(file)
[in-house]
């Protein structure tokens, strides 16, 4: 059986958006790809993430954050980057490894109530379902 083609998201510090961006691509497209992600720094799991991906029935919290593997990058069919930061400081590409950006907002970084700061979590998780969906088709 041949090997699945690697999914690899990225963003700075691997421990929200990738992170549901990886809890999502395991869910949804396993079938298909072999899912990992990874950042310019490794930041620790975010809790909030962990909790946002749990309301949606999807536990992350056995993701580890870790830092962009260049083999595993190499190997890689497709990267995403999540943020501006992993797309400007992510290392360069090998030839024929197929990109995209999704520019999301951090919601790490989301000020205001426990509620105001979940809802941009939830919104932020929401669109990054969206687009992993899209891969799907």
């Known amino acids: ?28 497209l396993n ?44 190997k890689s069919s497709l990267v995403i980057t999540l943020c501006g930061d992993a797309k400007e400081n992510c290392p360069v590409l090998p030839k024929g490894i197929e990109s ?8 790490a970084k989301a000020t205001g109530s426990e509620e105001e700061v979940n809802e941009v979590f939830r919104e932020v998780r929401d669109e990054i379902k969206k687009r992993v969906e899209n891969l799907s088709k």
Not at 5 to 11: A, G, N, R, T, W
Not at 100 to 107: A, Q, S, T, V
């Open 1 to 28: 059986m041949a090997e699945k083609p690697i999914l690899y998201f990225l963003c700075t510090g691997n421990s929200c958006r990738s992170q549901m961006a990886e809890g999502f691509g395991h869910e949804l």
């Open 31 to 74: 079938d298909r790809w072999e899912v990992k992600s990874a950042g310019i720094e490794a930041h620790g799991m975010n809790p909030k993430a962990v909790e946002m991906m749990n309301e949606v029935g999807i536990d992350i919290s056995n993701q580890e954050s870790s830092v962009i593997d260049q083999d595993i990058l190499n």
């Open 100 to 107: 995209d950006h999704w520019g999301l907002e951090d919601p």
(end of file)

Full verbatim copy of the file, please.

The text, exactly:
[in-house]
């Protein structure tokens, strides 16, 4: 059986958006790809993430954050980057490894109530379902 083609998201510090961006691509497209992600720094799991991906029935919290593997990058069919930061400081590409950006907002970084700061979590998780969906088709 041949090997699945690697999914690899990225963003700075691997421990929200990738992170549901990886809890999502395991869910949804396993079938298909072999899912990992990874950042310019490794930041620790975010809790909030962990909790946002749990309301949606999807536990992350056995993701580890870790830092962009260049083999595993190499190997890689497709990267995403999540943020501006992993797309400007992510290392360069090998030839024929197929990109995209999704520019999301951090919601790490989301000020205001426990509620105001979940809802941009939830919104932020929401669109990054969206687009992993899209891969799907």
């Known amino acids: ?28 497209l396993n ?44 190997k890689s069919s497709l990267v995403i980057t999540l943020c501006g930061d992993a797309k400007e400081n992510c290392p360069v590409l090998p030839k024929g490894i197929e990109s ?8 790490a970084k989301a000020t205001g109530s426990e509620e105001e700061v979940n809802e941009v979590f939830r919104e932020v998780r929401d669109e990054i379902k969206k687009r992993v969906e899209n891969l799907s088709k």
Not at 5 to 11: A, G, N, R, T, W
Not at 100 to 107: A, Q, S, T, V
């Open 1 to 28: 059986m041949a090997e699945k083609p690697i999914l690899y998201f990225l963003c700075t510090g691997n421990s929200c958006r990738s992170q549901m961006a990886e809890g999502f691509g395991h869910e949804l």
């Open 31 to 74: 079938d298909r790809w072999e899912v990992k992600s990874a950042g310019i720094e490794a930041h620790g799991m975010n809790p909030k993430a962990v909790e946002m991906m749990n309301e949606v029935g999807i536990d992350i919290s056995n993701q580890e954050s870790s830092v962009i593997d260049q083999d595993i990058l190499n």
């Open 100 to 107: 995209d950006h999704w520019g999301l907002e951090d919601p």